The Selfish Gene by Richard Dawkins

The Big Idea: The Selfish Gene says that all forms of life on Earth begin with genes, and that the purpose of life is to make sure those genes survive.

Any form of life anywhere in the universe must begin with some type of replicating molecule.

Genes are like a blueprint for the bodies they create and inhabit. Genes can’t control their bodies directly, so they create structures like the brain and muscles to coordinate and execute all of the many processes required for life.

All biology should be considered from the perspective of genes.

A population of altruistic individuals can be easily exploited by a selfish one.

The explanation for altruistic behavior is gene selection. The key to understanding gene selection is recognizing that close relatives, by definition, share many of the same genes.

There is a ratio of selfish to altruistic animals where the population will be stable. This is called the Evolutionarily Stable Strategy (ESS).

Competition for finite resources extends to family members, including the struggle between parents and their children for exactly what proportion of the resources each child should get.

There should also be severe conflicts of interest between mates.

There are benefits to two conflicting mating situations: staying with your partner for as long as possible, and abandoning them with the child before being abandoned yourself.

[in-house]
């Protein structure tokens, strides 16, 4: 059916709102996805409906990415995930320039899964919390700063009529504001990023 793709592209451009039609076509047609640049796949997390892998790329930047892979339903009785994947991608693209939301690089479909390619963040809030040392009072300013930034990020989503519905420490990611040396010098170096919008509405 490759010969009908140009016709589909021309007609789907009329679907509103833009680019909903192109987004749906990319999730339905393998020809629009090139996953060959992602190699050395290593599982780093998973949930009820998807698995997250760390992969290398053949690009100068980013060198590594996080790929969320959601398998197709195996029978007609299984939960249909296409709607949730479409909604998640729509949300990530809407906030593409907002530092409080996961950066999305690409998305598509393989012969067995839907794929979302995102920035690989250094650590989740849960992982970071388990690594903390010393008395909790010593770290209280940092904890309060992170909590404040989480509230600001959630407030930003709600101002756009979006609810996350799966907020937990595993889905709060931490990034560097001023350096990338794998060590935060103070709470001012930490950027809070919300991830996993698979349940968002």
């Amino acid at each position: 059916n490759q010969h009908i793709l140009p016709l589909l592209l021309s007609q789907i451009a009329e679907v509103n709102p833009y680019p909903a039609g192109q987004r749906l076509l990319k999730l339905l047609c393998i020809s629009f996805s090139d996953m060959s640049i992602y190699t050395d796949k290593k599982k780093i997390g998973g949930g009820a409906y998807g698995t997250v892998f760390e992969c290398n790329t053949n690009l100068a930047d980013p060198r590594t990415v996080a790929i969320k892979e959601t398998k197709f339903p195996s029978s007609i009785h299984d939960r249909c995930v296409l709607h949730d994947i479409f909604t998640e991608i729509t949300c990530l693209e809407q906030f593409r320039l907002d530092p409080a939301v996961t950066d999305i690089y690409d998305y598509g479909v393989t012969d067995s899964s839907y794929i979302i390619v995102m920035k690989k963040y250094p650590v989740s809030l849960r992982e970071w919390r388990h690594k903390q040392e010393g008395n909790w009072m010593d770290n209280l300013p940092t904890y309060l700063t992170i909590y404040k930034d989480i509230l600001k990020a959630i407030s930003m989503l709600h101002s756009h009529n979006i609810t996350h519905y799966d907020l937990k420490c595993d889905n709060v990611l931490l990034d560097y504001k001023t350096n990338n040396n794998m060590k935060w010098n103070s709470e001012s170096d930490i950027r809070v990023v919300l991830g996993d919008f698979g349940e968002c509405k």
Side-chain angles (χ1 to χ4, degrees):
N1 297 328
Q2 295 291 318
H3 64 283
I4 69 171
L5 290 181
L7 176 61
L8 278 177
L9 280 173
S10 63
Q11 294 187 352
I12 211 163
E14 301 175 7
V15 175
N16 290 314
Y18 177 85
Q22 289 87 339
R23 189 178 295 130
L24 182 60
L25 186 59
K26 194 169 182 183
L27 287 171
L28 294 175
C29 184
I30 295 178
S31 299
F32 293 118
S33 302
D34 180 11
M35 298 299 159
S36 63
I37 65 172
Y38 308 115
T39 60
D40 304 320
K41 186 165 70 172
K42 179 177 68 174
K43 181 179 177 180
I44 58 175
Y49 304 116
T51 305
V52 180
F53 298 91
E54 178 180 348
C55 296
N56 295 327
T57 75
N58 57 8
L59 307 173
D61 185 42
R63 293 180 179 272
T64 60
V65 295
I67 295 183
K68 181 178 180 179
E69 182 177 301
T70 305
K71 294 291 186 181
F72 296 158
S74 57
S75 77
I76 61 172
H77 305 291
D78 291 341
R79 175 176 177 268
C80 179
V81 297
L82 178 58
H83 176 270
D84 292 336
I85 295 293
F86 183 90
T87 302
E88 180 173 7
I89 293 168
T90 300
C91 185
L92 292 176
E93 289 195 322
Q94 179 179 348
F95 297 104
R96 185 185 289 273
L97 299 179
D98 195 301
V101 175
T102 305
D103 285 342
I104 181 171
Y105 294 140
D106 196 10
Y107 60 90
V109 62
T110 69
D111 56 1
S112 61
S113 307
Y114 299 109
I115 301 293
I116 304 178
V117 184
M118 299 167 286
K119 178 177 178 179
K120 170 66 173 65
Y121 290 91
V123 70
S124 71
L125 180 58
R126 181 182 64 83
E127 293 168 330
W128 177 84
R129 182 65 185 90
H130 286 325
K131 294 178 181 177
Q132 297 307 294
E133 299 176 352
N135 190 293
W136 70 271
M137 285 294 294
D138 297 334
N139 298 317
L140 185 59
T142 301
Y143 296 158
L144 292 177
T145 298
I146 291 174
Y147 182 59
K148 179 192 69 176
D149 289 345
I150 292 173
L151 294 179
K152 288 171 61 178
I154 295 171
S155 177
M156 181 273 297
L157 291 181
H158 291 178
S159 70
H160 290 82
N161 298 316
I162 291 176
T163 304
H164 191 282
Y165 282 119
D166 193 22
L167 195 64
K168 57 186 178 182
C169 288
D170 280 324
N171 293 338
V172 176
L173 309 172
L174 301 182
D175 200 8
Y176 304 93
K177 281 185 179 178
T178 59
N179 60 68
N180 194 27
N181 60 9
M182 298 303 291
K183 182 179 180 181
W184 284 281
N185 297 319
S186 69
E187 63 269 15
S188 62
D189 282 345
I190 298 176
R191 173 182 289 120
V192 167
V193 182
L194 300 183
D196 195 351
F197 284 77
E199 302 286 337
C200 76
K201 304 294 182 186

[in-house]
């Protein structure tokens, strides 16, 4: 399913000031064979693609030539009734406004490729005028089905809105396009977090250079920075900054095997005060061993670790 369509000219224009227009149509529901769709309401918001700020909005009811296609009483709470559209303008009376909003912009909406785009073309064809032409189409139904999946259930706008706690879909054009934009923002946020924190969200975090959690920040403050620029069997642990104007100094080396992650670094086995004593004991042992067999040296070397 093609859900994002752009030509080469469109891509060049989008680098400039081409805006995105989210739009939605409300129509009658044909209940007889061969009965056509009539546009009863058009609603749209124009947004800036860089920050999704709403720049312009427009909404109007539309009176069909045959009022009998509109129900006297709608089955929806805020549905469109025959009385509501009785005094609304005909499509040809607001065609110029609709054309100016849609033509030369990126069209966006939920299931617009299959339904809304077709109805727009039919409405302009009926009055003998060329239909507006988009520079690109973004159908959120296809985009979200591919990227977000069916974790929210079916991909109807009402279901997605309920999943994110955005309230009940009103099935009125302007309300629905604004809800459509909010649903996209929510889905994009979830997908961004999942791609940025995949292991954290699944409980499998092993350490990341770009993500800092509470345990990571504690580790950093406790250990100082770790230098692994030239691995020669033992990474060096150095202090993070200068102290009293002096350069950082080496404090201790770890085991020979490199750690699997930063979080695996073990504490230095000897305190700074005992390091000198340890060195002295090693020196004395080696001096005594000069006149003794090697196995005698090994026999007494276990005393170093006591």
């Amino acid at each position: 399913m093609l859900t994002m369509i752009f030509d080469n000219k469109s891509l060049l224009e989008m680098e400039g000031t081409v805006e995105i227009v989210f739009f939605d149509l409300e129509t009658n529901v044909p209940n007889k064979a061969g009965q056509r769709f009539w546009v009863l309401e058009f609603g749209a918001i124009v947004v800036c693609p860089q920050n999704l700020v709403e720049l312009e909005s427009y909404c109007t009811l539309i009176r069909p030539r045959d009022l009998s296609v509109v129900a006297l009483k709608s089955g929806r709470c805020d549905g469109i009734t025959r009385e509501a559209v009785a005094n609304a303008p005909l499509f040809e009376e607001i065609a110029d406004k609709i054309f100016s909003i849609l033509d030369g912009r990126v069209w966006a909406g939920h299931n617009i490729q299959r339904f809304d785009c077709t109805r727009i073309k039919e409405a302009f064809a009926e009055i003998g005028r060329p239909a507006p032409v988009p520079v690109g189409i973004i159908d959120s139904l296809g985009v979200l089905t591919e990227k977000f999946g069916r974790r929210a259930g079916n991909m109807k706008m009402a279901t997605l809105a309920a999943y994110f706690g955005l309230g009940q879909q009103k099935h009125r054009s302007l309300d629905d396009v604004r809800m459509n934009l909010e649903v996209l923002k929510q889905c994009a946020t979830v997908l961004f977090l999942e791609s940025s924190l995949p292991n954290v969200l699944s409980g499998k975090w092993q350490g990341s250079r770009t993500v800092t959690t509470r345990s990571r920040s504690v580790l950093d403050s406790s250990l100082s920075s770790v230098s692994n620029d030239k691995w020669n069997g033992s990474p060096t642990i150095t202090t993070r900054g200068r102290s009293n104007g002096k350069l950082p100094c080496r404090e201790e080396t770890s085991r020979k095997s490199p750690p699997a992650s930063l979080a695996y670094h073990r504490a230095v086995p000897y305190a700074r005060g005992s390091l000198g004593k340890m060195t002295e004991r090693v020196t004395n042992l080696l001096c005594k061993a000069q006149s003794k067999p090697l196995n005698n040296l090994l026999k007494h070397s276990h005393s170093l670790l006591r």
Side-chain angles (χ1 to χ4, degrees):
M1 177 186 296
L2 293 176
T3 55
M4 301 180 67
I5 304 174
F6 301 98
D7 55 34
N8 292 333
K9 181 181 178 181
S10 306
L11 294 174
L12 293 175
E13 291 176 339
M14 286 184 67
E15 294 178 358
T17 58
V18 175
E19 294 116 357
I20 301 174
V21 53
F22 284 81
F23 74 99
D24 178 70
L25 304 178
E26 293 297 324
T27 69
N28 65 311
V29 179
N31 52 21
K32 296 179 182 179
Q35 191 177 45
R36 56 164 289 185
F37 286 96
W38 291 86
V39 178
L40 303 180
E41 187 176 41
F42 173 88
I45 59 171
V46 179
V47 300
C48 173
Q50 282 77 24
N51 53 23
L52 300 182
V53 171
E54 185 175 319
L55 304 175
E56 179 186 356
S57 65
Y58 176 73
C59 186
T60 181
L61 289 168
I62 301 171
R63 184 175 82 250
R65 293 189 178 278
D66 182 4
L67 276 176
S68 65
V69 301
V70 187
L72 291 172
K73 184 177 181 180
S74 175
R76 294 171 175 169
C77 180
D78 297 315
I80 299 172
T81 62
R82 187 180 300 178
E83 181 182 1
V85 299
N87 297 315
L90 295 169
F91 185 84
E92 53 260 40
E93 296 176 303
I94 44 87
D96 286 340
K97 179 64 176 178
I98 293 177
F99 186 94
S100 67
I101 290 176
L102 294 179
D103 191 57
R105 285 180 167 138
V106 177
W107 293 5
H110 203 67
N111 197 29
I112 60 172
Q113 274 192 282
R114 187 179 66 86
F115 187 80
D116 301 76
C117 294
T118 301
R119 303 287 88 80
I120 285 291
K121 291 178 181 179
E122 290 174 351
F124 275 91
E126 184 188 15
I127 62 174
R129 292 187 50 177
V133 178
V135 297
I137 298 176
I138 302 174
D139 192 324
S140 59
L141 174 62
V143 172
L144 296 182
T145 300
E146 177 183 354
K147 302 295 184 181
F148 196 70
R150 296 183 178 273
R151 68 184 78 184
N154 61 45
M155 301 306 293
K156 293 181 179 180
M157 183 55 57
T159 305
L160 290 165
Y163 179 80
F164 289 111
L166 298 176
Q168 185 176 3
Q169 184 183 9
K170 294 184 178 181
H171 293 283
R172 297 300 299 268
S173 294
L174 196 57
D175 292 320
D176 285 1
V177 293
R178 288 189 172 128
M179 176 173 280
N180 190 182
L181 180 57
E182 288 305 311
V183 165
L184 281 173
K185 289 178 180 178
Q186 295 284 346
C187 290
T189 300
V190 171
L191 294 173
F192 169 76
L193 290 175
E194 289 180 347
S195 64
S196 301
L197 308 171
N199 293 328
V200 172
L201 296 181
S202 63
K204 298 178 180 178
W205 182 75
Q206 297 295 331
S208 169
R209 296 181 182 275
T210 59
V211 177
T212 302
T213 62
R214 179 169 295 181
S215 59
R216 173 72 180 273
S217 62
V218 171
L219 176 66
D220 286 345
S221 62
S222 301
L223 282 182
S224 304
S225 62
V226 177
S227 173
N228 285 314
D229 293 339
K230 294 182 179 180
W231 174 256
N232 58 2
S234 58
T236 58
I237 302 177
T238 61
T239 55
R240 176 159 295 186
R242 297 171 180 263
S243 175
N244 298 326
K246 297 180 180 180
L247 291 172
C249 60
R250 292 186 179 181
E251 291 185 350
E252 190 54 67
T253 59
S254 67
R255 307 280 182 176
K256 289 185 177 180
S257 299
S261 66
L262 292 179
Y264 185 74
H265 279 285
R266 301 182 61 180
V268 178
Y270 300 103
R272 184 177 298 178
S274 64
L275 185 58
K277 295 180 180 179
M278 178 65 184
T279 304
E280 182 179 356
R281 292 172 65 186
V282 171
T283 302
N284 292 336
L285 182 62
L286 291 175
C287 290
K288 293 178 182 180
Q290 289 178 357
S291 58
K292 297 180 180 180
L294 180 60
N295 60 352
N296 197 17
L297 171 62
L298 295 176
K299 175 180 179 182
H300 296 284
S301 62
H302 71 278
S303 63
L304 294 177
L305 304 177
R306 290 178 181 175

For mates, many species of animals have long, intricate courtships to get both the male and female heavily involved before they actually reproduce.

Many types of animals move, or even live, together in groups. Some advantages of this are obvious.

Acts of animal altruism may ultimately be an act of selfishness—in fact, considering the selfish gene theory, it must be.

If the replicator unit of biology is the gene, then the replicator unit of ideas could be called the meme.

Culture and memes don’t seem to have any inherent survival value. It’s more likely that they’re side effects of group-focused evolutionary traits such as those discussed at the beginning of this section.

Organisms don’t replicate themselves at all (except in the relatively rare case of asexual reproduction). Given that the “purpose” of life is replication, it seems clear that organisms are tools that genes use to replicate themselves.

organisms don’t have to exist. They exist on Earth because that’s what evolution happened to favor in this particular environment.

Replication is both the beginning and the purpose of life.